on Friday that its KBR division, responsible for carrying out Pentagon contracts,
experienced a 284 percent increase in operating profits during the second quarter
of this year.
The increase in profits was primarily due to the Pentagon's payment of "award
fees" for what military officials call "good" or "very good"
work done by KBR in the Middle East for America's taxpayers and the troops.
Despite the scandals
that plague KBR's military contracts, the Pentagon awarded $70 million in "award"
fees to the company, along with four ratings of "excellent" and two
ratings of "very good" for the troop logistics work under the Army's
The Pentagon has provided preferential
treatment to Halliburton on a number of occasions, including the concealment
from the public of critical reports by military auditors.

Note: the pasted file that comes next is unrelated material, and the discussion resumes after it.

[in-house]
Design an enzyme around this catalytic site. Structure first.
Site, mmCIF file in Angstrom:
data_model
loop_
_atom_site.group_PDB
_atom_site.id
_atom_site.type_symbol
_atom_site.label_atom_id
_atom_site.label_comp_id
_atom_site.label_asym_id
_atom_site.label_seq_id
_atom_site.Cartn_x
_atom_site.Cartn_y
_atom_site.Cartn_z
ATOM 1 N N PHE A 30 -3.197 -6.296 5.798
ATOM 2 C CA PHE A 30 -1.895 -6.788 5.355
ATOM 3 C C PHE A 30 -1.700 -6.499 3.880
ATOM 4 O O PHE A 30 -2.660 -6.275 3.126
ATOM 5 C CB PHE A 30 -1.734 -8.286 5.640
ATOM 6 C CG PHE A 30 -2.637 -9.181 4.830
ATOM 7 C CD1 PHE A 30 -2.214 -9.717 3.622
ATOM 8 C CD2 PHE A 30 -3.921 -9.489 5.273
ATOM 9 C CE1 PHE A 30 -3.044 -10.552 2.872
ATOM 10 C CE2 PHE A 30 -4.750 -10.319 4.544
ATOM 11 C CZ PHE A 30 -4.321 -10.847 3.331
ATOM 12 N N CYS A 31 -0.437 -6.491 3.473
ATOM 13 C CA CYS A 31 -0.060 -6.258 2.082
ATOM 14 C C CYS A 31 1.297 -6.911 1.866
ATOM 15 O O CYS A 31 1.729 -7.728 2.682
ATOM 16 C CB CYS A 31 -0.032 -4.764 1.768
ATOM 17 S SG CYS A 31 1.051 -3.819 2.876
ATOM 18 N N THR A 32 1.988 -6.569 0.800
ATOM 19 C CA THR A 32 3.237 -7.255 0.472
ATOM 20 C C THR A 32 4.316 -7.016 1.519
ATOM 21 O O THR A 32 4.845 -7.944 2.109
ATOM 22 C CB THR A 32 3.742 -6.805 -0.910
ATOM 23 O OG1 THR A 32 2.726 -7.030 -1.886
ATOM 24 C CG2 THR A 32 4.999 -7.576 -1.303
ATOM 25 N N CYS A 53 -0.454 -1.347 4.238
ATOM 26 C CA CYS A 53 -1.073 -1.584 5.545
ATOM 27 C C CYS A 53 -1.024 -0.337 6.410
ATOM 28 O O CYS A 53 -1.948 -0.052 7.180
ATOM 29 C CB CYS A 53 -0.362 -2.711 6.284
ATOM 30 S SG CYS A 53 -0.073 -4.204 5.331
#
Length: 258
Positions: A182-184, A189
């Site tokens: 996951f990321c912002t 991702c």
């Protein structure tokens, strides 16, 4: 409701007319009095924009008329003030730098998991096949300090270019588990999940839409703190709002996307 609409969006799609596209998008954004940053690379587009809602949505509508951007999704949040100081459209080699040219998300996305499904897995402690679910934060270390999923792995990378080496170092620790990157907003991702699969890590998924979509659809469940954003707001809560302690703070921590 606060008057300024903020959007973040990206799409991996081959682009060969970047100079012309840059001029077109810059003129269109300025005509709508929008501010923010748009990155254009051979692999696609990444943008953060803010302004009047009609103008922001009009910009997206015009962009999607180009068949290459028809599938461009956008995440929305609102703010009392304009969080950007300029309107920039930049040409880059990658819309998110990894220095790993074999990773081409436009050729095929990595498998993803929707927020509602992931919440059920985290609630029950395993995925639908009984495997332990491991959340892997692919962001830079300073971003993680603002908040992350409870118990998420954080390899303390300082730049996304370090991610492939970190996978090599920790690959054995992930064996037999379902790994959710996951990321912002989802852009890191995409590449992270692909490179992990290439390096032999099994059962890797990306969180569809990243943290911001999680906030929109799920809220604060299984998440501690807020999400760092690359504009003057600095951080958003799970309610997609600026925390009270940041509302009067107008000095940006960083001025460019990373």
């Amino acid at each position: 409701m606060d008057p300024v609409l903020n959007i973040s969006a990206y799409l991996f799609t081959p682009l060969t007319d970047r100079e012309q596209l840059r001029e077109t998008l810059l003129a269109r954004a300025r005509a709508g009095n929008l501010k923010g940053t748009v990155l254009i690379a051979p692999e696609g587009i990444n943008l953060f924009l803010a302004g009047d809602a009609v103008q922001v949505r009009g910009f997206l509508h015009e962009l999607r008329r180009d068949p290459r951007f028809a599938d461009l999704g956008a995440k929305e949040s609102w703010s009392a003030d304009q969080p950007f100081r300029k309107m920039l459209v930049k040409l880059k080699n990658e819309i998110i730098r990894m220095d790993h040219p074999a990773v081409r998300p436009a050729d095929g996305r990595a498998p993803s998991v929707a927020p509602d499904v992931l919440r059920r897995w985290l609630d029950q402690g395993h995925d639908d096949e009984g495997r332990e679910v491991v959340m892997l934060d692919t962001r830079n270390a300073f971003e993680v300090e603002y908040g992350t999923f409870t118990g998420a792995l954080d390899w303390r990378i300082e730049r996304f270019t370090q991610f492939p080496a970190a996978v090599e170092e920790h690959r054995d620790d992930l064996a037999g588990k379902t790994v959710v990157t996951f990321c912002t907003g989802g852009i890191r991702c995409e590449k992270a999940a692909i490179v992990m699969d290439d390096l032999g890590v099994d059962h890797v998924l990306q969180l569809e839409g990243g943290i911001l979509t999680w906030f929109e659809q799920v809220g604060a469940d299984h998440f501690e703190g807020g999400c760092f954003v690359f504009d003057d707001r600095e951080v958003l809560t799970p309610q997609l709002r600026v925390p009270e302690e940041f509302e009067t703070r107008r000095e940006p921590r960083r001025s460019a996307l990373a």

conducted by the Pentagon's Defense Contract Audit Agency determined that KBR
had $1 billion in "questioned" expenses (i.e. expenses which military
auditors consider "unreasonable") and $442 million in "unsupported"
expenses (i.e. expenses which military auditors have determined contain no receipt
or any explanation on how the expenses were disbursed).
But the top Pentagon brass ignored these audits and rewarded KBR's work anyway.
Halliburton's earnings announcement comes on the heels of new reports showing
the Iraq and Afghan wars have already cost U.S. taxpayers $314
billion and that another ten years of war will cost $700
In another coup
for Halliburton, a federal judge this month decided that whistleblowers may
not sue U.S. companies for fraud if payment for services was made in Iraqi,
not U.S., money. Halliburton was paid over $1 billion in Iraqi oil money during
the first 15 months of the occupation. The judge's ruling means the False Claims
Act cannot be used to offer large rewards to corporate insiders who reveal wrongdoing
or overcharges for services. The law is considered America's most successful
deterrent against contractor fraud, but the judge's decision will help Halliburton
and other contractors avoid tough scrutiny in Iraq.